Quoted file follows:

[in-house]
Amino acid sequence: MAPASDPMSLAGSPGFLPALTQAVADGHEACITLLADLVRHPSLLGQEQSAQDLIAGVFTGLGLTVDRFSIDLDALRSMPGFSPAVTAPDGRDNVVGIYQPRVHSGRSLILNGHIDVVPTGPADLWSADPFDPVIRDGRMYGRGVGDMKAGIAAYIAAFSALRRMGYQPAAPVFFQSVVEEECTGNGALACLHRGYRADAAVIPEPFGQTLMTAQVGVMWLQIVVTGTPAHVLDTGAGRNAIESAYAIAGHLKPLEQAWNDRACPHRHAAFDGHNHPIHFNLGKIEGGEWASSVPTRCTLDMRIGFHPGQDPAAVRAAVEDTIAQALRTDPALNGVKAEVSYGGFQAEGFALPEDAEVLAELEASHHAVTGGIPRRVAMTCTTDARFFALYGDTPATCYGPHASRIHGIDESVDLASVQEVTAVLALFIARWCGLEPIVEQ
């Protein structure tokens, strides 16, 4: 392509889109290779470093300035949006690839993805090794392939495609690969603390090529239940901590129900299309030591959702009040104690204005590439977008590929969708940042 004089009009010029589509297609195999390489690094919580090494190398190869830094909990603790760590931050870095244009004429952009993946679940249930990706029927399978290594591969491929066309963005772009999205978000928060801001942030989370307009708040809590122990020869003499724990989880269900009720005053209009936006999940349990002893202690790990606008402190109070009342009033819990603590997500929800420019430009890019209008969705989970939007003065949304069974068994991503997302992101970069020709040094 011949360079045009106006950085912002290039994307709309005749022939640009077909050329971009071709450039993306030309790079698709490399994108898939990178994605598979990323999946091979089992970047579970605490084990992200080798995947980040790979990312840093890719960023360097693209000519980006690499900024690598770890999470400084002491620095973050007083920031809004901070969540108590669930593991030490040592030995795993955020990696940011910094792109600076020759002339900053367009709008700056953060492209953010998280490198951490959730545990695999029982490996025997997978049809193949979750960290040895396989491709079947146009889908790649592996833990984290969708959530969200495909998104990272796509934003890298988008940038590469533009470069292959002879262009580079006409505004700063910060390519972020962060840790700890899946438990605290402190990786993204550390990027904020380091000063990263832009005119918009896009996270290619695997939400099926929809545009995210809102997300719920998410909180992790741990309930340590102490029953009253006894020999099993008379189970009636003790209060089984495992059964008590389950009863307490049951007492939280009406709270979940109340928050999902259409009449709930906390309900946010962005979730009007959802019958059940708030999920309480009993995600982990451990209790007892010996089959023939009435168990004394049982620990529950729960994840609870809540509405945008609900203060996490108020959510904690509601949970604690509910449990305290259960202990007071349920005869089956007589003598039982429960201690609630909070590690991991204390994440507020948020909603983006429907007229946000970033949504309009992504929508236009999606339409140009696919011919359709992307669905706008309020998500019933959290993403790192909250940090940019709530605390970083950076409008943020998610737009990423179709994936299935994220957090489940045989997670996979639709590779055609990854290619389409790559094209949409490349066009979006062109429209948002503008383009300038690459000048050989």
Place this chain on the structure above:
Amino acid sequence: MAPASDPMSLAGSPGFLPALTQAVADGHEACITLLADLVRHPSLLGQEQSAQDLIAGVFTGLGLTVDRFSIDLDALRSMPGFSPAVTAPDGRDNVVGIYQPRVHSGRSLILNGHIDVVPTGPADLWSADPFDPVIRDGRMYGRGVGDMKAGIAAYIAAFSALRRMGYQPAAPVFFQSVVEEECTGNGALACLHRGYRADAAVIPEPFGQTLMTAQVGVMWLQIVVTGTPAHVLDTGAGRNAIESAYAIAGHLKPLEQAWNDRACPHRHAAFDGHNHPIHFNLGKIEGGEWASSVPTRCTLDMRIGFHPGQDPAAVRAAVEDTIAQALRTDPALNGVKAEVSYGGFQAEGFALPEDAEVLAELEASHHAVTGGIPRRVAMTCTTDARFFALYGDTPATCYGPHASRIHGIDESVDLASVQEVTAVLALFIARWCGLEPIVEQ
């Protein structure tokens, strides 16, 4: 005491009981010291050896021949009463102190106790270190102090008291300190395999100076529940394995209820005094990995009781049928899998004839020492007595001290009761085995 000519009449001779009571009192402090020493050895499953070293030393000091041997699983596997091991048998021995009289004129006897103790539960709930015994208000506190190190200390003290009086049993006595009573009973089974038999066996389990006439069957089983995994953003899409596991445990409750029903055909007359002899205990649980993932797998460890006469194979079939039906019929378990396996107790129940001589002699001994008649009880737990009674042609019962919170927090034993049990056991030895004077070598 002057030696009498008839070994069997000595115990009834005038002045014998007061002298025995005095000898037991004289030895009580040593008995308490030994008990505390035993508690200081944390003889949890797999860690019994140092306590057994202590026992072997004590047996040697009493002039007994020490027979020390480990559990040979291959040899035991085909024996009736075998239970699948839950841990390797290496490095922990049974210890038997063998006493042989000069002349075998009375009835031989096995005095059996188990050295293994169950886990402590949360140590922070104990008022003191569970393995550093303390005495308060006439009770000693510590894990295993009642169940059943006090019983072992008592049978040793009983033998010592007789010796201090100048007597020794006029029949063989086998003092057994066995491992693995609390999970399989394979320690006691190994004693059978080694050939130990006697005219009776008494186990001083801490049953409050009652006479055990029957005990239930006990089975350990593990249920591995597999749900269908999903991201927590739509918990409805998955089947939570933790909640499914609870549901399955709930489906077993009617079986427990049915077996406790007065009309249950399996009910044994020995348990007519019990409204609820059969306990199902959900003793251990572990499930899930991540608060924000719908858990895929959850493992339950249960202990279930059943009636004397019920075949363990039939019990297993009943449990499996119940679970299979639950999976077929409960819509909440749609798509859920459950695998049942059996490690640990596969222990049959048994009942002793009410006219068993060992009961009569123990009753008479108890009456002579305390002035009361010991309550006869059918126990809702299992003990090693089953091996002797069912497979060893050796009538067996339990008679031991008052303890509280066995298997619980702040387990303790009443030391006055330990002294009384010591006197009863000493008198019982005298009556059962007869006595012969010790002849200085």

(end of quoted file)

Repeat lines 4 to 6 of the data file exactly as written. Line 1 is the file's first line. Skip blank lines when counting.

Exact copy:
Place this chain on the structure above:
Amino acid sequence: MAPASDPMSLAGSPGFLPALTQAVADGHEACITLLADLVRHPSLLGQEQSAQDLIAGVFTGLGLTVDRFSIDLDALRSMPGFSPAVTAPDGRDNVVGIYQPRVHSGRSLILNGHIDVVPTGPADLWSADPFDPVIRDGRMYGRGVGDMKAGIAAYIAAFSALRRMGYQPAAPVFFQSVVEEECTGNGALACLHRGYRADAAVIPEPFGQTLMTAQVGVMWLQIVVTGTPAHVLDTGAGRNAIESAYAIAGHLKPLEQAWNDRACPHRHAAFDGHNHPIHFNLGKIEGGEWASSVPTRCTLDMRIGFHPGQDPAAVRAAVEDTIAQALRTDPALNGVKAEVSYGGFQAEGFALPEDAEVLAELEASHHAVTGGIPRRVAMTCTTDARFFALYGDTPATCYGPHASRIHGIDESVDLASVQEVTAVLALFIARWCGLEPIVEQ
């Protein structure tokens, strides 16, 4: 005491009981010291050896021949009463102190106790270190102090008291300190395999100076529940394995209820005094990995009781049928899998004839020492007595001290009761085995 000519009449001779009571009192402090020493050895499953070293030393000091041997699983596997091991048998021995009289004129006897103790539960709930015994208000506190190190200390003290009086049993006595009573009973089974038999066996389990006439069957089983995994953003899409596991445990409750029903055909007359002899205990649980993932797998460890006469194979079939039906019929378990396996107790129940001589002699001994008649009880737990009674042609019962919170927090034993049990056991030895004077070598 002057030696009498008839070994069997000595115990009834005038002045014998007061002298025995005095000898037991004289030895009580040593008995308490030994008990505390035993508690200081944390003889949890797999860690019994140092306590057994202590026992072997004590047996040697009493002039007994020490027979020390480990559990040979291959040899035991085909024996009736075998239970699948839950841990390797290496490095922990049974210890038997063998006493042989000069002349075998009375009835031989096995005095059996188990050295293994169950886990402590949360140590922070104990008022003191569970393995550093303390005495308060006439009770000693510590894990295993009642169940059943006090019983072992008592049978040793009983033998010592007789010796201090100048007597020794006029029949063989086998003092057994066995491992693995609390999970399989394979320690006691190994004693059978080694050939130990006697005219009776008494186990001083801490049953409050009652006479055990029957005990239930006990089975350990593990249920591995597999749900269908999903991201927590739509918990409805998955089947939570933790909640499914609870549901399955709930489906077993009617079986427990049915077996406790007065009309249950399996009910044994020995348990007519019990409204609820059969306990199902959900003793251990572990499930899930991540608060924000719908858990895929959850493992339950249960202990279930059943009636004397019920075949363990039939019990297993009943449990499996119940679970299979639950999976077929409960819509909440749609798509859920459950695998049942059996490690640990596969222990049959048994009942002793009410006219068993060992009961009569123990009753008479108890009456002579305390002035009361010991309550006869059918126990809702299992003990090693089953091996002797069912497979060893050796009538067996339990008679031991008052303890509280066995298997619980702040387990303790009443030391006055330990002294009384010591006197009863000493008198019982005298009556059962007869006595012969010790002849200085």